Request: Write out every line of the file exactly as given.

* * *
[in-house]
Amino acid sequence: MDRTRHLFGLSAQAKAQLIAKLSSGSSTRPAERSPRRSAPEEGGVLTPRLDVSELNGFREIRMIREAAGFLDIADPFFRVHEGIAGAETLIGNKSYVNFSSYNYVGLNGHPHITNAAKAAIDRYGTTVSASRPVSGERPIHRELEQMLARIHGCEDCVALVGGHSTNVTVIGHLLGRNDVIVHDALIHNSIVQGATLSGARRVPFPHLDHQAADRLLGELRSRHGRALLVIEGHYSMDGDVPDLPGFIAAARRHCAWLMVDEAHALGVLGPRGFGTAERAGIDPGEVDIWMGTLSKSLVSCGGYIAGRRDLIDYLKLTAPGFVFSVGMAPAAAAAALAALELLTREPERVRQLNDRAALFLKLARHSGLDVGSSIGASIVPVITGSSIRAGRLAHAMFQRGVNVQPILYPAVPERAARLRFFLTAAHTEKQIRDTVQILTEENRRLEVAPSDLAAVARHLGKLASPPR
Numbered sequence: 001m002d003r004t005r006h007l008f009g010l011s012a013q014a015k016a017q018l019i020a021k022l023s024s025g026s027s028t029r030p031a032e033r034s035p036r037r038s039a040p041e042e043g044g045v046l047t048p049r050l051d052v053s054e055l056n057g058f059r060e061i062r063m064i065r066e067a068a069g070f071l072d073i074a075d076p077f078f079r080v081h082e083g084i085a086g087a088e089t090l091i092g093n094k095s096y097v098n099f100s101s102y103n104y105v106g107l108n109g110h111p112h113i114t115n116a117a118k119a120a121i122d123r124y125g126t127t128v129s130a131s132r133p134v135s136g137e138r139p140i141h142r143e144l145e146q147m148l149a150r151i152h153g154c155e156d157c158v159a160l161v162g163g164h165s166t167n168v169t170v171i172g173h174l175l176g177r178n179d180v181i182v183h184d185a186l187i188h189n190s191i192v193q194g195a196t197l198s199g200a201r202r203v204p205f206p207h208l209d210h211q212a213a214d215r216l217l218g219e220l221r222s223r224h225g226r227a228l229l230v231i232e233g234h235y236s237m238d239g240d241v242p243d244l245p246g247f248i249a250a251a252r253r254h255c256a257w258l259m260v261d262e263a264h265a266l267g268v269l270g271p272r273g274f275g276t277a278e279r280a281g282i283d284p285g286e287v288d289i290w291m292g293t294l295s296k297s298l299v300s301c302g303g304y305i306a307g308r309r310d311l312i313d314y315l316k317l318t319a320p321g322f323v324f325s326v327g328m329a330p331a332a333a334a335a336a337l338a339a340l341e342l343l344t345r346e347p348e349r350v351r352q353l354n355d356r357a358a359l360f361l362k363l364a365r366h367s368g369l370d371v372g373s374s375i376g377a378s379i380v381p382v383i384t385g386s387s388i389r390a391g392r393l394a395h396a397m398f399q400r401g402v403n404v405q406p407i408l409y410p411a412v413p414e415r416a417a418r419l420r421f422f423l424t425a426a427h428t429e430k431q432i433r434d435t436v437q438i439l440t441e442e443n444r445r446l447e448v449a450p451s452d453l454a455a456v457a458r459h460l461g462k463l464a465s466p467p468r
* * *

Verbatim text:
[in-house]
Amino acid sequence: MDRTRHLFGLSAQAKAQLIAKLSSGSSTRPAERSPRRSAPEEGGVLTPRLDVSELNGFREIRMIREAAGFLDIADPFFRVHEGIAGAETLIGNKSYVNFSSYNYVGLNGHPHITNAAKAAIDRYGTTVSASRPVSGERPIHRELEQMLARIHGCEDCVALVGGHSTNVTVIGHLLGRNDVIVHDALIHNSIVQGATLSGARRVPFPHLDHQAADRLLGELRSRHGRALLVIEGHYSMDGDVPDLPGFIAAARRHCAWLMVDEAHALGVLGPRGFGTAERAGIDPGEVDIWMGTLSKSLVSCGGYIAGRRDLIDYLKLTAPGFVFSVGMAPAAAAAALAALELLTREPERVRQLNDRAALFLKLARHSGLDVGSSIGASIVPVITGSSIRAGRLAHAMFQRGVNVQPILYPAVPERAARLRFFLTAAHTEKQIRDTVQILTEENRRLEVAPSDLAAVARHLGKLASPPR
Numbered sequence: 001m002d003r004t005r006h007l008f009g010l011s012a013q014a015k016a017q018l019i020a021k022l023s024s025g026s027s028t029r030p031a032e033r034s035p036r037r038s039a040p041e042e043g044g045v046l047t048p049r050l051d052v053s054e055l056n057g058f059r060e061i062r063m064i065r066e067a068a069g070f071l072d073i074a075d076p077f078f079r080v081h082e083g084i085a086g087a088e089t090l091i092g093n094k095s096y097v098n099f100s101s102y103n104y105v106g107l108n109g110h111p112h113i114t115n116a117a118k119a120a121i122d123r124y125g126t127t128v129s130a131s132r133p134v135s136g137e138r139p140i141h142r143e144l145e146q147m148l149a150r151i152h153g154c155e156d157c158v159a160l161v162g163g164h165s166t167n168v169t170v171i172g173h174l175l176g177r178n179d180v181i182v183h184d185a186l187i188h189n190s191i192v193q194g195a196t197l198s199g200a201r202r203v204p205f206p207h208l209d210h211q212a213a214d215r216l217l218g219e220l221r222s223r224h225g226r227a228l229l230v231i232e233g234h235y236s237m238d239g240d241v242p243d244l245p246g247f248i249a250a251a252r253r254h255c256a257w258l259m260v261d262e263a264h265a266l267g268v269l270g271p272r273g274f275g276t277a278e279r280a281g282i283d284p285g286e287v288d289i290w291m292g293t294l295s296k297s298l299v300s301c302g303g304y305i306a307g308r309r310d311l312i313d314y315l316k317l318t319a320p321g322f323v324f325s326v327g328m329a330p331a332a333a334a335a336a337l338a339a340l341e342l343l344t345r346e347p348e349r350v351r352q353l354n355d356r357a358a359l360f361l362k363l364a365r366h367s368g369l370d371v372g373s374s375i376g377a378s379i380v381p382v383i384t385g386s387s388i389r390a391g392r393l394a395h396a397m398f399q400r401g402v403n404v405q406p407i408l409y410p411a412v413p414e415r416a417a418r419l420r421f422f423l424t425a426a427h428t429e430k431q432i433r434d435t436v437q438i439l440t441e442e443n444r445r446l447e448v449a450p451s452d453l454a455a456v457a458r459h460l461g462k463l464a465s466p467p468r